What's Worth Watching: Bonnie & Clyde on PBS. Plus The Flash and Captain America for Tuesday, January 19
Bonnie & Clyde (9/8c, PBS, check local listings at pbs.org): Most of us know the 1967 film classic with Warren Beatty and Faye Dunaway that immortalized the Depression-era crime couple, who've also inspired a more recent TV miniseries and a Broadway musical. American Experience opens a new season with a more gimlet-eyed history of the notorious "Public Enemies," whose coverage in the obsessed media—after provocative pictures of them were discovered at a crime scene—turned their crime spree into "a non-stop soap opera," according to Buddy Barrow, Clyde's nephew, among the descendants interviewed for the brisk hourlong recap.
The Flash (8/7c, The CW): Committing fully to the DC Comics brand, The CW welcomes back The Flash from holiday hiatus, with Barry (Grant Gustin) pondering whether to reveal his superhero identity to policewoman Patty (Shantel VanSanten). This is followed by a special promoting Thursday's Legends of Tomorrow spinoff, offering backstories of the various characters in DC's Legends of Tomorrow: Their Time Is Now (9/8c), and then previewing upcoming big-screen movies from the DC pipeline in DC Films Presents: Dawn of the Justice League (9:30/8:30c), including Batman v Superman: Dawn of Justice, the new Wonder Woman movie, and the world-premiere trailer for Suicide Squad.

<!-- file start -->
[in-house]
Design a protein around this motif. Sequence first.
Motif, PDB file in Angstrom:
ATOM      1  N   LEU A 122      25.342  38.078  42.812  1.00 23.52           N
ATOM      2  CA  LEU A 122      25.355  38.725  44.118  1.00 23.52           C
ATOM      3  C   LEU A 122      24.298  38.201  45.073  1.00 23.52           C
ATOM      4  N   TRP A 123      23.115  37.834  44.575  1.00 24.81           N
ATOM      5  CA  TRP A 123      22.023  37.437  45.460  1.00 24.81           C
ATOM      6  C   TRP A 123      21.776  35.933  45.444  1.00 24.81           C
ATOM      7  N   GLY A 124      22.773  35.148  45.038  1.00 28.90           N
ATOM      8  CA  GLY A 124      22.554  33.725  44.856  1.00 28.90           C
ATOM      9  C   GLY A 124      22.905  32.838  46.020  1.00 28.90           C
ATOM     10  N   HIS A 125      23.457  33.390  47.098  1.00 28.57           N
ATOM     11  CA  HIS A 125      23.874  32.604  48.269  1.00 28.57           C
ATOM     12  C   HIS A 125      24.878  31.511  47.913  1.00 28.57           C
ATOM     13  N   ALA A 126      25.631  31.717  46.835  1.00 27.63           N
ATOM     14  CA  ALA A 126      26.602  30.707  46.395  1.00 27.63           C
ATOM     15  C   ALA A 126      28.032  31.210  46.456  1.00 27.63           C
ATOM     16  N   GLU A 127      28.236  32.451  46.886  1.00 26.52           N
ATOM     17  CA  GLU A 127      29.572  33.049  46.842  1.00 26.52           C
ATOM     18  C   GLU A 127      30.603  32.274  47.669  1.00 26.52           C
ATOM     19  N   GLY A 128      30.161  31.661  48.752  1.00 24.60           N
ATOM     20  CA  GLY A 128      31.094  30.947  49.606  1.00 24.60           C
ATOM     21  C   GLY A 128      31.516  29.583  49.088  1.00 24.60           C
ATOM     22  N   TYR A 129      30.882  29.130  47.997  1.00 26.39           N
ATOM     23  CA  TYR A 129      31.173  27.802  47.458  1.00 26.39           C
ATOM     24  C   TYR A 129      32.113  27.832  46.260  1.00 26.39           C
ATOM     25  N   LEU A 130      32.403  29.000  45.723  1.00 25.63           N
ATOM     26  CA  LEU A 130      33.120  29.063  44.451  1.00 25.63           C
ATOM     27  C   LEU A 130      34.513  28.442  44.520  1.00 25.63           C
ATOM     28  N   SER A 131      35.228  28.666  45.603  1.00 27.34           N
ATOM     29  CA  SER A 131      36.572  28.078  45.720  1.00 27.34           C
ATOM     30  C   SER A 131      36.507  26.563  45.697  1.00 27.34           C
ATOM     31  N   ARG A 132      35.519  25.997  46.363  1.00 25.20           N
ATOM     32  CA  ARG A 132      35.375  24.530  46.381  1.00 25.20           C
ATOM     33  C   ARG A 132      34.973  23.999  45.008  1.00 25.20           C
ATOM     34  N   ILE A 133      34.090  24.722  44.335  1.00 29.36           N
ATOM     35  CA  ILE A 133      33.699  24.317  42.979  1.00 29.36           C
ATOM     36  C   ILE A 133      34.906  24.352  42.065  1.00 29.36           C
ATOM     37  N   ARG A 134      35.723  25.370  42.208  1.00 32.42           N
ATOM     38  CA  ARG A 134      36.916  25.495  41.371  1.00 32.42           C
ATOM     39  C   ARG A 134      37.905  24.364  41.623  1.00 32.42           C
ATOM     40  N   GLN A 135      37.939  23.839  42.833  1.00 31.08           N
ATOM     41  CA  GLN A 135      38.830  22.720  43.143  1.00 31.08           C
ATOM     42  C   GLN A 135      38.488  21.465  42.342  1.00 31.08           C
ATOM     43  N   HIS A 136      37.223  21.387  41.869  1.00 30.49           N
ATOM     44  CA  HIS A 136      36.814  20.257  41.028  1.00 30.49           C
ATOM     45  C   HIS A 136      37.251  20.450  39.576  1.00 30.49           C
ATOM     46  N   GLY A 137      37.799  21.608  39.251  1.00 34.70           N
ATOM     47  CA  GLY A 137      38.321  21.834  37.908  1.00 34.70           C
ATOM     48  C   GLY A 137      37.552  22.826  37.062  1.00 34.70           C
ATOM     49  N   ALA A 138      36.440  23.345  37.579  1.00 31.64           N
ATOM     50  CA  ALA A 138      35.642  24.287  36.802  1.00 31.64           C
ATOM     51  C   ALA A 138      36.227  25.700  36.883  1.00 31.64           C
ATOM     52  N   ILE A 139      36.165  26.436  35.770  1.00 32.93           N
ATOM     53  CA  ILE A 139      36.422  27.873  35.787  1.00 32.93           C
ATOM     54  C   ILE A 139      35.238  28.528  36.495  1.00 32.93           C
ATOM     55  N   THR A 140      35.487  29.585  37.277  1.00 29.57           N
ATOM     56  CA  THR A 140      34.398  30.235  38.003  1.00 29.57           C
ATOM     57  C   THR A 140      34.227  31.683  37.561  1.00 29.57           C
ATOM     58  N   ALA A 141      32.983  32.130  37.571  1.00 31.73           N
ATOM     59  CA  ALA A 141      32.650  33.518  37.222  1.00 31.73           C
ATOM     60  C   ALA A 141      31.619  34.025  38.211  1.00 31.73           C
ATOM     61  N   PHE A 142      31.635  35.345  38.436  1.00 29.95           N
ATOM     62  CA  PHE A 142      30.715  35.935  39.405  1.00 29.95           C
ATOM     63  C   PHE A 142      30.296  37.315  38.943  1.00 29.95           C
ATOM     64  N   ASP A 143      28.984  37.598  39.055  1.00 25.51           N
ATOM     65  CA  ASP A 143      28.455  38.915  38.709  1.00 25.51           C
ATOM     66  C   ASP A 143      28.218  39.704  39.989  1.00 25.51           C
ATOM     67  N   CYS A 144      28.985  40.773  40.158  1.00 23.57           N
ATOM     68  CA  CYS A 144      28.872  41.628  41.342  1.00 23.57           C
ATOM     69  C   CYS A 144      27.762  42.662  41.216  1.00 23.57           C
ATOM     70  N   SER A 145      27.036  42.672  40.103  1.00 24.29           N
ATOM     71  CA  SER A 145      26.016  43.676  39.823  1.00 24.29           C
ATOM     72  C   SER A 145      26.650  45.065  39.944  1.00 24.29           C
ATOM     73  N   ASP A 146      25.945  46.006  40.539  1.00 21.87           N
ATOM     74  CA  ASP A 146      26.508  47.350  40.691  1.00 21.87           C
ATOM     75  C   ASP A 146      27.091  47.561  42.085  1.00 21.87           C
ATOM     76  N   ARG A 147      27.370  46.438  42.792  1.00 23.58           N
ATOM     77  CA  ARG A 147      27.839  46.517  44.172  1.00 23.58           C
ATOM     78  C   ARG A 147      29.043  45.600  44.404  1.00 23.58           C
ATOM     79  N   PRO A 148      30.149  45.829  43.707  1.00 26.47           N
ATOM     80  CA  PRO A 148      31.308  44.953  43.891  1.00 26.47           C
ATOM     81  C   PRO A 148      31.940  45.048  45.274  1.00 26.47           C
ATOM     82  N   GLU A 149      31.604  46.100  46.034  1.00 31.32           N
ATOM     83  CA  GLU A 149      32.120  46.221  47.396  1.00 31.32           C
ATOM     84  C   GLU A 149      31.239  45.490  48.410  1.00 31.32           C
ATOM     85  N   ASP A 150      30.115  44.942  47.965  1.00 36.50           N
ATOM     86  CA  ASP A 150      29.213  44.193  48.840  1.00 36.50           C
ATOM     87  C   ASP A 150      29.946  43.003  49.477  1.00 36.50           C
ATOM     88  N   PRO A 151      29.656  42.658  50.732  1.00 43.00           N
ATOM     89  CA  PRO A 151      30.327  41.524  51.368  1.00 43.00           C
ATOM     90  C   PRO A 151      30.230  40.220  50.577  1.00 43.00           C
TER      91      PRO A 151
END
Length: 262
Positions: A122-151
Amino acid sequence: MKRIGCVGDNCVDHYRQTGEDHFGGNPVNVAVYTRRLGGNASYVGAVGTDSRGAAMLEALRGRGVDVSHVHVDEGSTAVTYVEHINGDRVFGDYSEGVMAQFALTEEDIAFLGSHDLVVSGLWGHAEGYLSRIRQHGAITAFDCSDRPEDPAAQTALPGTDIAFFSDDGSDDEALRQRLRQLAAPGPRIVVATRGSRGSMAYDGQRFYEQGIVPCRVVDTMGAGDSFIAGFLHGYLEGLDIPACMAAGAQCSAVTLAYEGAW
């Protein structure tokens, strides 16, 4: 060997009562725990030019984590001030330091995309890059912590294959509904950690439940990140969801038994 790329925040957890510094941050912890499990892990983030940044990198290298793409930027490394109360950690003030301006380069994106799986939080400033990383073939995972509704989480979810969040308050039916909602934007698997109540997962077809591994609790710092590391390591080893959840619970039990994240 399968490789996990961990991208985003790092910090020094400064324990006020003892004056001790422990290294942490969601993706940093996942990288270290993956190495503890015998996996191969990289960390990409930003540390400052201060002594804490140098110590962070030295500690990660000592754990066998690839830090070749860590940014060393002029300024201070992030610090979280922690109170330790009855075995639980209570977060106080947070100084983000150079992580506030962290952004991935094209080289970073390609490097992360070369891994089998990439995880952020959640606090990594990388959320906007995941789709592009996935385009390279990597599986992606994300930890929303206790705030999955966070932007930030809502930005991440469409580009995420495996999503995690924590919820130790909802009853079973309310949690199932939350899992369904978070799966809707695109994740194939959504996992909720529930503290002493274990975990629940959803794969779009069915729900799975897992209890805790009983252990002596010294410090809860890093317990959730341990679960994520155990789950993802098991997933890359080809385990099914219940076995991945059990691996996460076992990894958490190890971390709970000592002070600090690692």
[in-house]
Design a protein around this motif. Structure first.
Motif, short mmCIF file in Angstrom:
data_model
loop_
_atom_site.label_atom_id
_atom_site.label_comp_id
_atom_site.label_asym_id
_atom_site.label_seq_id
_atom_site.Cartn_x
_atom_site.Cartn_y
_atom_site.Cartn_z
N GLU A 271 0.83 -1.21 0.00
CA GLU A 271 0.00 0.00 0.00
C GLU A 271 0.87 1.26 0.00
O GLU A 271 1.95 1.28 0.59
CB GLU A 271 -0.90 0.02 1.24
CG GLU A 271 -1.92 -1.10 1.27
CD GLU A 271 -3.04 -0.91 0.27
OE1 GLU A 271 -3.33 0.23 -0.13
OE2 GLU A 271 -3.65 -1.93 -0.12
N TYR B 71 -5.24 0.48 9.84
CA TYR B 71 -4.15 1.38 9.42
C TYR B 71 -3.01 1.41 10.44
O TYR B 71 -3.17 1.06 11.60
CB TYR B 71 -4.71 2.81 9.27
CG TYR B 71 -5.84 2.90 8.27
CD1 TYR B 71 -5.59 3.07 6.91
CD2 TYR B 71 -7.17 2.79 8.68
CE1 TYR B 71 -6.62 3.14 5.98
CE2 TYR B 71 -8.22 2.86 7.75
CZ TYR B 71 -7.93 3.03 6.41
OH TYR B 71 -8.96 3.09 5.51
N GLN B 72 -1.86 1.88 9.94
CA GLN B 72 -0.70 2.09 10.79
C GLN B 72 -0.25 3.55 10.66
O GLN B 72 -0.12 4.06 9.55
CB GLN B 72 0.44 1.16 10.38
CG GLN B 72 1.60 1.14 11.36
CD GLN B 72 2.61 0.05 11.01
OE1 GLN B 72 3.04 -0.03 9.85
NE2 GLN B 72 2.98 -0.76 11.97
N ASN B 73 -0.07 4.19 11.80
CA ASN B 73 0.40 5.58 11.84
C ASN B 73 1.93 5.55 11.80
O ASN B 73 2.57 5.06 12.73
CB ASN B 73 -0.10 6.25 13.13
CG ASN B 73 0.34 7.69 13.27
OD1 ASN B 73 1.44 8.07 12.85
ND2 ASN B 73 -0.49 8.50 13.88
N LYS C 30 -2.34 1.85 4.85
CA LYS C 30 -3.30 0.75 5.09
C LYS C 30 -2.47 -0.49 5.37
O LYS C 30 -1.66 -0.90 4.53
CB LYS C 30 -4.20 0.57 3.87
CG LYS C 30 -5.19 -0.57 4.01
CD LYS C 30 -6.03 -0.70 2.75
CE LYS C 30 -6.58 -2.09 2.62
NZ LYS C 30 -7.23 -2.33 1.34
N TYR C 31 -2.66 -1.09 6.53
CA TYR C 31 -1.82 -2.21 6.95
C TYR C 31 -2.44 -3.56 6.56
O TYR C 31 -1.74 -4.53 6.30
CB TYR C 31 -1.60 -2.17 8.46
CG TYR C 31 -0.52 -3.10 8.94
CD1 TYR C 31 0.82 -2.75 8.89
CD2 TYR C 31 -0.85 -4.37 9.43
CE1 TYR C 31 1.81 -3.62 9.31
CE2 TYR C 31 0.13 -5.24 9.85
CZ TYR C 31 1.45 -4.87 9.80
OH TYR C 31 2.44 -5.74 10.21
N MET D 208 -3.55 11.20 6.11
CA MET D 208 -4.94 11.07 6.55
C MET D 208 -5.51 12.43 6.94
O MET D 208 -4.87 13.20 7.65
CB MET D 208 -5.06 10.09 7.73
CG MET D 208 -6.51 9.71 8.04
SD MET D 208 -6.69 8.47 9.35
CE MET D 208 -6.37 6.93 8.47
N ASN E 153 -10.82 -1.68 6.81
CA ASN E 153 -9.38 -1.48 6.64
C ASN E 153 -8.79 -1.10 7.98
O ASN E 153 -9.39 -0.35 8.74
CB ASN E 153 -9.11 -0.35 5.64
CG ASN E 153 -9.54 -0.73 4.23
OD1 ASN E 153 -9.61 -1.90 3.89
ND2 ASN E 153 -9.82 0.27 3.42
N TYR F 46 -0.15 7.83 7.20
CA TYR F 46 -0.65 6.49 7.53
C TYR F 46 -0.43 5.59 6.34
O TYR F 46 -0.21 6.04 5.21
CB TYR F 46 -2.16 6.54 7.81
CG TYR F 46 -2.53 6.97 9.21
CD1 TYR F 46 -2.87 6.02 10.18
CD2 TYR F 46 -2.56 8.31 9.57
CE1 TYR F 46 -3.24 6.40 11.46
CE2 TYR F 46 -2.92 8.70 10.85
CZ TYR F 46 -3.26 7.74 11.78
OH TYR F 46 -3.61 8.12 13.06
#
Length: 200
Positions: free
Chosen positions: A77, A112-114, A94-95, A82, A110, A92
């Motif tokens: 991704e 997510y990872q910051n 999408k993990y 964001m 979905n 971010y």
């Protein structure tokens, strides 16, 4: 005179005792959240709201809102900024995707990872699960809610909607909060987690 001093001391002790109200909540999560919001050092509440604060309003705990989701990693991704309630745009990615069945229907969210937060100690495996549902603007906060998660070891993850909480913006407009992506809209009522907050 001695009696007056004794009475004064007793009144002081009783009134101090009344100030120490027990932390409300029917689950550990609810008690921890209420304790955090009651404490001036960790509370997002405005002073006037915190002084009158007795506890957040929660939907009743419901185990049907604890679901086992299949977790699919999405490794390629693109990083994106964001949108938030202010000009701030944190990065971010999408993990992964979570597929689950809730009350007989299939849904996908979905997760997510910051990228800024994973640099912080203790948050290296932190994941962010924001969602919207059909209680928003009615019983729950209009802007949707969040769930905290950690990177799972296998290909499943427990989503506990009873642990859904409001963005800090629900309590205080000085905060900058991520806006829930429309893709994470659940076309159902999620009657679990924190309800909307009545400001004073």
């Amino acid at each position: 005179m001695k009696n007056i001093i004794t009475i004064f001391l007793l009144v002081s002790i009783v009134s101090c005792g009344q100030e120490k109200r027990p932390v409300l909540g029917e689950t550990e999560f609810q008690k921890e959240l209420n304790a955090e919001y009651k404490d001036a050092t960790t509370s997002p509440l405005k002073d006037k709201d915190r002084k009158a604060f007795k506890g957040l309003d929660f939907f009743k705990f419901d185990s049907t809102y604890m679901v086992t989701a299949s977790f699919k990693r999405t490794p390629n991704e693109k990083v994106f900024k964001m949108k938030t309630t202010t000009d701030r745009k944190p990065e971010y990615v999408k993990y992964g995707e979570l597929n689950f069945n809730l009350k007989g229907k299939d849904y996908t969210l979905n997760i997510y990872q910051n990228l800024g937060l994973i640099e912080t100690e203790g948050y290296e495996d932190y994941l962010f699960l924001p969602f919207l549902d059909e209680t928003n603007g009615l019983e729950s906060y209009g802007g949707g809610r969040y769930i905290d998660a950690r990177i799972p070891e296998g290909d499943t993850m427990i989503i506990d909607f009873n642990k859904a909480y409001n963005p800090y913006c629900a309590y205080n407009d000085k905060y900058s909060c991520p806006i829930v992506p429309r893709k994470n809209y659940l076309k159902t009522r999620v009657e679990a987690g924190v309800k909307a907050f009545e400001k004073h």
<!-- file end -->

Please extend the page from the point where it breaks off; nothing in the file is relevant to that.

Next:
Marvel's Captain America: 75 Heroic Years (8/7c, ABC): Marvel strikes back with a full night of ABC programming, starting with a nostalgic look back at the iconic hero, whose story spun off into the enjoyably escapist period adventure Agent Carter (9/8c), which returns for a second season with a two-hour opener sending Peggy Carter (Hayley Atwell) to post-WWII Hollywood.
Inside Tuesday TV: Best comedy bet: On Fox's recently transplanted Brooklyn Nine-Nine (9/8c), Capt. Holt (Andre Braugher) and Jake (Andy Samberg) agree to be quarantined together when they catch mumps while working on a case. This won't be pretty. … PBS's always fascinating Finding Your Roots (8/7c, check local listings at pbs.org) tracks the surprising family histories of Shonda Rhimes, Maya Rudolph and Keenen Ivory Wayans through slavery and beyond to origins in far-flung Southeast Asia and Madagascar. … Best reality bet: The second-season premiere of Oxygen's flamboyant The Prancing Elites Project (8/7c), which follows the members of the proudly nonconformist dance team from Mobile, Alabama.AlertMe